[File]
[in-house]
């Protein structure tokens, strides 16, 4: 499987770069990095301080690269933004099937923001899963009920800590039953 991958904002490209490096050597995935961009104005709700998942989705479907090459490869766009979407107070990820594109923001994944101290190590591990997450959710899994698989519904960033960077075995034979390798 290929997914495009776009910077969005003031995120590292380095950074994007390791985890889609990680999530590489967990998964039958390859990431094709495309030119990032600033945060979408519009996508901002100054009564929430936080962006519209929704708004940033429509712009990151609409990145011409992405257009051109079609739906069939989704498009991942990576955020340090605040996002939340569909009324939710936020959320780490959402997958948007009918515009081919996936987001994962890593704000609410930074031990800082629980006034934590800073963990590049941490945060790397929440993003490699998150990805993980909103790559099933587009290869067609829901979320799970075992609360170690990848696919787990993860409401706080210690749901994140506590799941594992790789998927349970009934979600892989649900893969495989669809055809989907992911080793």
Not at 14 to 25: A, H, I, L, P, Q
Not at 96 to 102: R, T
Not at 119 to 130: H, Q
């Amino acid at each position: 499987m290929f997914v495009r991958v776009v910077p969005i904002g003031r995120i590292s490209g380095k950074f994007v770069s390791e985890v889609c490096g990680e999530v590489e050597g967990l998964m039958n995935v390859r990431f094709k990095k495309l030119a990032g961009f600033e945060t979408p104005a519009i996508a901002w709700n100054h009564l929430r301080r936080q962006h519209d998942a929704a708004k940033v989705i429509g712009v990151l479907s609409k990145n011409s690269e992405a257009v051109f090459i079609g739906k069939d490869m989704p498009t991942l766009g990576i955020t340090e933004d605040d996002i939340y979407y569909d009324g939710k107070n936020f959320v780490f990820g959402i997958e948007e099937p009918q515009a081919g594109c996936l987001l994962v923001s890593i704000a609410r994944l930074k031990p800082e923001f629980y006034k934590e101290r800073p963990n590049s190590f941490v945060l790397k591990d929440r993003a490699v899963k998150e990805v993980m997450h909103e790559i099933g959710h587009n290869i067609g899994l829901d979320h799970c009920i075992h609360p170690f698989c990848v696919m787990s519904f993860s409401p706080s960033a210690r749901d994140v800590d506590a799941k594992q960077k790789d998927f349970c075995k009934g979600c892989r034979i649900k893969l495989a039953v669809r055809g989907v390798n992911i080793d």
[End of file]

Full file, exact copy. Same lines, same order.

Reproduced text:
[in-house]
């Protein structure tokens, strides 16, 4: 499987770069990095301080690269933004099937923001899963009920800590039953 991958904002490209490096050597995935961009104005709700998942989705479907090459490869766009979407107070990820594109923001994944101290190590591990997450959710899994698989519904960033960077075995034979390798 290929997914495009776009910077969005003031995120590292380095950074994007390791985890889609990680999530590489967990998964039958390859990431094709495309030119990032600033945060979408519009996508901002100054009564929430936080962006519209929704708004940033429509712009990151609409990145011409992405257009051109079609739906069939989704498009991942990576955020340090605040996002939340569909009324939710936020959320780490959402997958948007009918515009081919996936987001994962890593704000609410930074031990800082629980006034934590800073963990590049941490945060790397929440993003490699998150990805993980909103790559099933587009290869067609829901979320799970075992609360170690990848696919787990993860409401706080210690749901994140506590799941594992790789998927349970009934979600892989649900893969495989669809055809989907992911080793």
Not at 14 to 25: A, H, I, L, P, Q
Not at 96 to 102: R, T
Not at 119 to 130: H, Q
């Amino acid at each position: 499987m290929f997914v495009r991958v776009v910077p969005i904002g003031r995120i590292s490209g380095k950074f994007v770069s390791e985890v889609c490096g990680e999530v590489e050597g967990l998964m039958n995935v390859r990431f094709k990095k495309l030119a990032g961009f600033e945060t979408p104005a519009i996508a901002w709700n100054h009564l929430r301080r936080q962006h519209d998942a929704a708004k940033v989705i429509g712009v990151l479907s609409k990145n011409s690269e992405a257009v051109f090459i079609g739906k069939d490869m989704p498009t991942l766009g990576i955020t340090e933004d605040d996002i939340y979407y569909d009324g939710k107070n936020f959320v780490f990820g959402i997958e948007e099937p009918q515009a081919g594109c996936l987001l994962v923001s890593i704000a609410r994944l930074k031990p800082e923001f629980y006034k934590e101290r800073p963990n590049s190590f941490v945060l790397k591990d929440r993003a490699v899963k998150e990805v993980m997450h909103e790559i099933g959710h587009n290869i067609g899994l829901d979320h799970c009920i075992h609360p170690f698989c990848v696919m787990s519904f993860s409401p706080s960033a210690r749901d994140v800590d506590a799941k594992q960077k790789d998927f349970c075995k009934g979600c892989r034979i649900k893969l495989a039953v669809r055809g989907v390798n992911i080793d």